The Canadian Privacy Law Blog: Developments in privacy law and writings of a Canadian privacy lawyer, containing information related to the Personal Information Protection and Electronic Documents Act (aka PIPEDA) and other Canadian and international laws.
The author of this blog, David T.S. Fraser, is a Canadian privacy lawyer who practices with the firm of McInnes Cooper. He is the author of the Physicians' Privacy Manual. He has a national and international practice advising corporations and individuals on matters related to Canadian privacy laws.
For full contact information and a brief bio, please see David's profile.
The views expressed herein are solely the author's and should not be attributed to his employer or clients. Any postings on legal issues are provided as a public service, and do not constitute solicitation or provision of legal advice. The author makes no claims, promises or guarantees about the accuracy, completeness, or adequacy of the information contained herein or linked to. Nothing herein should be used as a substitute for the advice of competent counsel.
This web site is presented for informational purposes only. These materials do not constitute legal advice and do not create a solicitor-client relationship between you and David T.S. Fraser. If you are seeking specific advice related to Canadian privacy law or PIPEDA, contact the author, David T.S. Fraser.
Wednesday, August 10, 2005
The Privacy Commissioner has come out -- not surprisingly -- against the proposed Canadian no-fly list. Here's the release:
Privacy Commissioner Raises Concerns That No-fly List Will Infringe on Privacy Rights:
"Ottawa, August 9, 2005 -- "The no-fly list announced last Friday represents a serious incursion into the rights of travelers in Canada, rights of privacy and rights of freedom of movement," says the Privacy Commissioner of Canada, Jennifer Stoddart, following an announcement made on August 5, 2005, by the Honourable Jean-C. Lapierre, Minister of Transport Canada. The federal government will conduct consultations with key stakeholders over the upcoming months on the creation of a "no-fly list", entitled "Passenger Protect", with a view to enhancing aviation security in the context of ongoing concerns about terrorism. In addition to the no-fly list, the Minister announced a review of how new technology can be used in assessing security risks posed by passengers in Canada.
The Privacy Commissioner called on Transport Canada, nearly a year ago, to explain what they were planning with respect to the potential development of a no-fly list. In July 2005, Ms. Stoddart wrote to Transport Canada officials reiterating her concerns about such a list, and enclosing a list of questions (see list of questions). These are the kinds of questions which would form part of a Privacy Impact Assessment that the Commissioner must receive from Transport Canada according to government policy.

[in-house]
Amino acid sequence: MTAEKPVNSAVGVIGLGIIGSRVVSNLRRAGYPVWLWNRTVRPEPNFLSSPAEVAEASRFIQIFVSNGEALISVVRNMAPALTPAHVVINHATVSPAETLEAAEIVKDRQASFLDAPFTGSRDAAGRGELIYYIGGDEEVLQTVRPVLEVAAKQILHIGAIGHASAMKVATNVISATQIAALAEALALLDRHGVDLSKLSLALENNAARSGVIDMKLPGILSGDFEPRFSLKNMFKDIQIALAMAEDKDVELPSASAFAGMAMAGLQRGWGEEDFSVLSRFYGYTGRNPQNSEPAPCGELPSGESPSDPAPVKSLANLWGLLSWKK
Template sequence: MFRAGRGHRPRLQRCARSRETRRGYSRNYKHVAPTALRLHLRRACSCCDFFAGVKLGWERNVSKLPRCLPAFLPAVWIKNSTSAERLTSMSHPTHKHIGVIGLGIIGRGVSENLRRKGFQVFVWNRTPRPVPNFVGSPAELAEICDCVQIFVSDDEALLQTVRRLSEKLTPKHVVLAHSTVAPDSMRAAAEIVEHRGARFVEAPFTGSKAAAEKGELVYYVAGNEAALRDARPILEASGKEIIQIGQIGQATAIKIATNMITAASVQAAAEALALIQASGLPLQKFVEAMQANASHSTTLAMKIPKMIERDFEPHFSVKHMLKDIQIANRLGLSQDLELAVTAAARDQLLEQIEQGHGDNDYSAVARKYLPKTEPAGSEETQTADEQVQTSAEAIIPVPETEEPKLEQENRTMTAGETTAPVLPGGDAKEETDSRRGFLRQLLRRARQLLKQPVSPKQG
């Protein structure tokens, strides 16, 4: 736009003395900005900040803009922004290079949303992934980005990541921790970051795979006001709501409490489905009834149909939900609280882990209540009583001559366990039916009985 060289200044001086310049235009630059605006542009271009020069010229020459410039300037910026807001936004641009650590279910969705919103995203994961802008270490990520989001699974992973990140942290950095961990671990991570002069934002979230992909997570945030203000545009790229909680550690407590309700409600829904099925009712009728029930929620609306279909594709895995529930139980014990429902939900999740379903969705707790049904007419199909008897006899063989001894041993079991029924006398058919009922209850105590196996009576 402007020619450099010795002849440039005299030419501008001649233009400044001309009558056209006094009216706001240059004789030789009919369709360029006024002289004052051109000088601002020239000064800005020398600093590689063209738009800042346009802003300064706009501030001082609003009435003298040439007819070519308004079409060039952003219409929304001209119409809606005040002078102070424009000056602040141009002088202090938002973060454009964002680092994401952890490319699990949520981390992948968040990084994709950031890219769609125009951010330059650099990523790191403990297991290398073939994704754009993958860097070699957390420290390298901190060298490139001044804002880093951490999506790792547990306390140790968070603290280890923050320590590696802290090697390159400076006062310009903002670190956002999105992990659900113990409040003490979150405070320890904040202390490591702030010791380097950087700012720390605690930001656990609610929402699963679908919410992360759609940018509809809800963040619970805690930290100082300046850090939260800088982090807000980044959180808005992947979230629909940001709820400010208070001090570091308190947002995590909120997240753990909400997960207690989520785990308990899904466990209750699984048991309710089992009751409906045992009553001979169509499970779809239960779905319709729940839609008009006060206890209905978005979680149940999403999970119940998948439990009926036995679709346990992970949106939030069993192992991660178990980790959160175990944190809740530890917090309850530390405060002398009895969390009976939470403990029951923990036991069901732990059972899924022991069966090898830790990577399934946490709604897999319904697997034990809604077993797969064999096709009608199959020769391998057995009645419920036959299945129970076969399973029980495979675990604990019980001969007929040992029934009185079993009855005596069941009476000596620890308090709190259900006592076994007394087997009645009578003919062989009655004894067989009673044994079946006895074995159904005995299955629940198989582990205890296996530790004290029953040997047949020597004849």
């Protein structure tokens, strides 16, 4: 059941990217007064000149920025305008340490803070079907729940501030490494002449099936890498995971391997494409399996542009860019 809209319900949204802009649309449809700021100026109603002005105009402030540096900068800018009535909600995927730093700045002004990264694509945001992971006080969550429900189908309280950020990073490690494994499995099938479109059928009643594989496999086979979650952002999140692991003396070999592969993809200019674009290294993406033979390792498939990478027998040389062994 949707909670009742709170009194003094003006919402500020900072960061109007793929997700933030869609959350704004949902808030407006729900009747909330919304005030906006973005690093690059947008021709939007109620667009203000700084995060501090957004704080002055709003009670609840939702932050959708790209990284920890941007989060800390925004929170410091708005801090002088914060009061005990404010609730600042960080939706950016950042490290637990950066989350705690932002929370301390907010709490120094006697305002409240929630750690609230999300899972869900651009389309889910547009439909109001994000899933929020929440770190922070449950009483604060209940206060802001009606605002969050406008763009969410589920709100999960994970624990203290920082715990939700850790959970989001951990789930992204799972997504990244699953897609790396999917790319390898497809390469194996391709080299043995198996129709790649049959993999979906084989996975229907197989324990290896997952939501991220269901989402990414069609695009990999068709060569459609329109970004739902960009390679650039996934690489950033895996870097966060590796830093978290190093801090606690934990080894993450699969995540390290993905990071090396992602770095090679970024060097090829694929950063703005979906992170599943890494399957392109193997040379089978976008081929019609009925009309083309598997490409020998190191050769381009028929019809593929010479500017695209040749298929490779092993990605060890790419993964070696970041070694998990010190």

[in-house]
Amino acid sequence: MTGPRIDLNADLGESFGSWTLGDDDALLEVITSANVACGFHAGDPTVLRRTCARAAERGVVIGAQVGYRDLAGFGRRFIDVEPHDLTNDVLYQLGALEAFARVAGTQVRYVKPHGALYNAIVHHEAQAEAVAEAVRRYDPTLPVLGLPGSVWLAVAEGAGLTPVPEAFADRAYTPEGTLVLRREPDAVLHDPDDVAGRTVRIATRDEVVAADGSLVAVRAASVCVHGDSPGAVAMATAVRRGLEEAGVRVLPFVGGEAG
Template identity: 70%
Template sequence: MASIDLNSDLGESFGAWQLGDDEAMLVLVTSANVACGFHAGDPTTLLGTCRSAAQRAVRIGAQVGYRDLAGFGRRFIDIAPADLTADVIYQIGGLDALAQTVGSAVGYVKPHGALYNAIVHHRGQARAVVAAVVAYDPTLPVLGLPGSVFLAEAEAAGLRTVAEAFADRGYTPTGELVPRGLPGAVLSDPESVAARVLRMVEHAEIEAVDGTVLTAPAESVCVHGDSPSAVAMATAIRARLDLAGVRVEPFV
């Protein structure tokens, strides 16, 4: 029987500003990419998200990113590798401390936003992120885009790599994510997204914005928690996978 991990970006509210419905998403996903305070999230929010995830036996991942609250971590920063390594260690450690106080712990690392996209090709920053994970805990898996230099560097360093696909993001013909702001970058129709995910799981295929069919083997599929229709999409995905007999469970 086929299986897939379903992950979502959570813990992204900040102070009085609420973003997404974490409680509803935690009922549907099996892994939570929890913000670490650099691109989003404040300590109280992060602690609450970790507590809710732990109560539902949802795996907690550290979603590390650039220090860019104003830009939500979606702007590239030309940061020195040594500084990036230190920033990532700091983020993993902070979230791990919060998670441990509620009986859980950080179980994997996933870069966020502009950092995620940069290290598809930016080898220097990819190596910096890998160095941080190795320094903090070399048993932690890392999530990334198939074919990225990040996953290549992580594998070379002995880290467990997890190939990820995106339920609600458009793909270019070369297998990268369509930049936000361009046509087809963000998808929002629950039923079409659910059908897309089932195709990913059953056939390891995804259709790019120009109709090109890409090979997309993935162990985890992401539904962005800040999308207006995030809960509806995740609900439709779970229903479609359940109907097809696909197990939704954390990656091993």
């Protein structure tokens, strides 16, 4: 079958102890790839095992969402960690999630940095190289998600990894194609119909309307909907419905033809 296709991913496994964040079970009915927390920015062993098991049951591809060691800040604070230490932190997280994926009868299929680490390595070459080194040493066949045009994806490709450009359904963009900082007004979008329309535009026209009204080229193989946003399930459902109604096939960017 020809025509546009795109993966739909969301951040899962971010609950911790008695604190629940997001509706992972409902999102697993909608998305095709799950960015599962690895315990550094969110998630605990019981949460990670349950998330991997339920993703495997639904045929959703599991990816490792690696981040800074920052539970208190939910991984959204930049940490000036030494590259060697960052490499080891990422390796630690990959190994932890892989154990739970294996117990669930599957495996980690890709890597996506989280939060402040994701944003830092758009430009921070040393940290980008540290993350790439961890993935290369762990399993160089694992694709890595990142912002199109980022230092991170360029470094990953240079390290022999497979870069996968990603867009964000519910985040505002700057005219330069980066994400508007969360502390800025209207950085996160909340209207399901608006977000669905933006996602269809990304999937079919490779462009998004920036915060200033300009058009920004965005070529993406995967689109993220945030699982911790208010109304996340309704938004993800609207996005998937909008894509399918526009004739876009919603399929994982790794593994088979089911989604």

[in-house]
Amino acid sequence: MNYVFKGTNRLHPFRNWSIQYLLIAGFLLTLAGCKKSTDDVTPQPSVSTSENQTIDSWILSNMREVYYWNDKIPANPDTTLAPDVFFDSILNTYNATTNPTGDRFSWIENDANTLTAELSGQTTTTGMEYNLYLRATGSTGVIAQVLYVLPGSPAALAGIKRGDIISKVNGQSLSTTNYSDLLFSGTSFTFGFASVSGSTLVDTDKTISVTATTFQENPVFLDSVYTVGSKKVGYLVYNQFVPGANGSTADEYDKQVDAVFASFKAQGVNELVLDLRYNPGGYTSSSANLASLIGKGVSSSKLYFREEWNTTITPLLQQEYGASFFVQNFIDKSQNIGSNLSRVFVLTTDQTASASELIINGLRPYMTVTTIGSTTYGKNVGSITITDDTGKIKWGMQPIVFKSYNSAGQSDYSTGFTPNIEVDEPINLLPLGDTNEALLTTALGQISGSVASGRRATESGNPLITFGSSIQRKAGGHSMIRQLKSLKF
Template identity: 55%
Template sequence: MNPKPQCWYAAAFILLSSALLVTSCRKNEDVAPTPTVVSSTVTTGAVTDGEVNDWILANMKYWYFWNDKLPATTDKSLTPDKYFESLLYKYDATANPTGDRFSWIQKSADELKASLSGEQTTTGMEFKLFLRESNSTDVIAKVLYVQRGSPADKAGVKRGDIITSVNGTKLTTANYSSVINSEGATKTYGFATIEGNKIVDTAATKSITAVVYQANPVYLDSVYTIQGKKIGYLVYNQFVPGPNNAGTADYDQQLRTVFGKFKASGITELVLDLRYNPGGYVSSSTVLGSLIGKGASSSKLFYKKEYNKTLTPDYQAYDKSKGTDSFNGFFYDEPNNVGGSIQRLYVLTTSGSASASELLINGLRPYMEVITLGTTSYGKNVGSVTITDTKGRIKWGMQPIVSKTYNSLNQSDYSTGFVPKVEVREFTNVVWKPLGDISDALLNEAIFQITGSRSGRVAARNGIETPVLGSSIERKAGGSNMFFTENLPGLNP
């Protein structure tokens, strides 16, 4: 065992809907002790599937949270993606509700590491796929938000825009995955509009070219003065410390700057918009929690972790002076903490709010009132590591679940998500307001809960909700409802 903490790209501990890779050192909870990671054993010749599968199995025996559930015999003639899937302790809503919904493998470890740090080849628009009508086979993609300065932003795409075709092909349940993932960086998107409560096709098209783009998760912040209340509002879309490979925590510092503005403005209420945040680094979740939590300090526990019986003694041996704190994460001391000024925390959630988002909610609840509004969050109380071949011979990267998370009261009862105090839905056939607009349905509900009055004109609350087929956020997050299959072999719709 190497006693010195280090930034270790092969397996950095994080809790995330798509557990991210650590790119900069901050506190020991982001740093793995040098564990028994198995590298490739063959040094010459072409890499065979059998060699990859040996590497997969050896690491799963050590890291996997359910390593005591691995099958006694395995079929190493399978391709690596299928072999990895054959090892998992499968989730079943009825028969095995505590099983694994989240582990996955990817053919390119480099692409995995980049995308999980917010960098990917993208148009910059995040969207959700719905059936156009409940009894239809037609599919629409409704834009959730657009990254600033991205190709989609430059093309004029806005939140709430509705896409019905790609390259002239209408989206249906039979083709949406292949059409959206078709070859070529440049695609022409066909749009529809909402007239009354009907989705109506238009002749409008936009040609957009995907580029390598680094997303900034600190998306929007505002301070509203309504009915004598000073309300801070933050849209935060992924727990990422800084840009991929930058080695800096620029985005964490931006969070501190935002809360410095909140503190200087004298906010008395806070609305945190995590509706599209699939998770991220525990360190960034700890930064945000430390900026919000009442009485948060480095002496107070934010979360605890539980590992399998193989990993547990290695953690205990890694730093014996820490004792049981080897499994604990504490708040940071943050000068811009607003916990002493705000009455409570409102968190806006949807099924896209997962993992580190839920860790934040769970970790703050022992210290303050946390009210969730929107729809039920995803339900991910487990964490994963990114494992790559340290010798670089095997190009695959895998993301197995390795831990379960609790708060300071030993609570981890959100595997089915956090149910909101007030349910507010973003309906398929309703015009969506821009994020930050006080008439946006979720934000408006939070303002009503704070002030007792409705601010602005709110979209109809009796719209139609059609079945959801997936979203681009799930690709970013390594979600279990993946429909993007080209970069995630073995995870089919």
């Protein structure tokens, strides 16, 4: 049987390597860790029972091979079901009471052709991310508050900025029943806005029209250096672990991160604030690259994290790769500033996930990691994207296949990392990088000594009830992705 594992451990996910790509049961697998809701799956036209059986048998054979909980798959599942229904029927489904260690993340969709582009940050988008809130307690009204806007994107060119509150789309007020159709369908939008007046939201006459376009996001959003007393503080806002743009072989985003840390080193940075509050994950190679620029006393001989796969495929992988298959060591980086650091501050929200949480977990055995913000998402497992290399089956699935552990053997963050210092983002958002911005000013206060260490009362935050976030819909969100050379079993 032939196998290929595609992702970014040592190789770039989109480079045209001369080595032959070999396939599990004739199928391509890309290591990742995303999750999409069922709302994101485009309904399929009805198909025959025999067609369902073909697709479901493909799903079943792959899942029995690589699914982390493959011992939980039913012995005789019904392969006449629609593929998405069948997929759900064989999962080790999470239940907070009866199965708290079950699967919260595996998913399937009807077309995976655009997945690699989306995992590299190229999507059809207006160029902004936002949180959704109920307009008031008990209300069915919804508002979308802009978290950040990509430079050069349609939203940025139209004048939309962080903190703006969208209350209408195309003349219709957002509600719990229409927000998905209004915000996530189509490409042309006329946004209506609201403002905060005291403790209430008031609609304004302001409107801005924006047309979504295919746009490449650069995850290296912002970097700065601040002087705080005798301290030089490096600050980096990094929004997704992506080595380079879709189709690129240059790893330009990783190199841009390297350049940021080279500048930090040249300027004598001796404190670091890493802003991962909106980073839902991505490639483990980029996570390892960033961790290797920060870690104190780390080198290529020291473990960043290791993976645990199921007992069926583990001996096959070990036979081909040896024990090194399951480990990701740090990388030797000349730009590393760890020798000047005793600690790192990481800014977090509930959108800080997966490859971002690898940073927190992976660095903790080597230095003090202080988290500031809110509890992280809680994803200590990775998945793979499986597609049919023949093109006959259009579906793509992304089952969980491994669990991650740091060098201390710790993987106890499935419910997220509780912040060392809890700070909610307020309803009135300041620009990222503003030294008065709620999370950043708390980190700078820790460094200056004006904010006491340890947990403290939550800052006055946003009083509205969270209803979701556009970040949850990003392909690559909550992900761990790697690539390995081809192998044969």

"Despite assurances from Minister Lapierre that Canadians' privacy rights will be protected, I have not yet received an in-depth briefing about the initiative. However, one is scheduled for the end of August," says Commissioner Jennifer Stoddart. "We will be pressing for the strongest privacy protections for individuals. We want those protections to be in place before this program is implemented, including the rights of access and correction."
"I will reiterate, however, that the growing culture of security in this country and abroad causes me great concern as it does the majority of Canadians, according to a recent EKOS Research Associates survey commissioned by my Office, said Ms Stoddart."
Commissioner Stoddart has already spoken with many provincial/territorial privacy commissioners regarding the creation of a working group to assess the privacy risks associated with the no-fly project and other transport security measures such as video surveillance on buses and rail systems.
Several commissioners have already agreed to participate. "We will work together to tackle the privacy implications of these initiatives," said Information and Privacy Commissioner David Loukidelis of British Columbia. "We welcome this opportunity to collaborate on an issue that is troubling on many levels, to those of us who are concerned about privacy and openness in government." Information and Privacy Commissioner Ann Cavoukian of Ontario agreed, saying "as Privacy Commissioner, I have repeatedly said that we are not opposed to stronger security measures, provided that they are effective and balanced. However, expanding the net of surveillance and gathering more personal information does not necessarily result in better security." Jacques Saint-Laurent, Quebec's President of the Commission d'accès à l'information, said "given that we all face these common challenges in our respective jurisdictions, we can all learn from sharing our experiences and knowledge."
Privacy Commissioner Stoddart believes that national security and the protection of the privacy of individuals in Canada need not be seen as trade-offs: "One value does not necessarily need to be sacrificed in the interest of the other. Both can be achieved with well-designed law, prudent policy, and effective checks and balances". The questions outlined in the Commissioner's letter to Transport Canada officials will contribute to the achievement of this goal.
The Office of the Privacy Commissioner of Canada is mandated by Parliament to act as an ombudsman, advocate and guardian of privacy rights in Canada."
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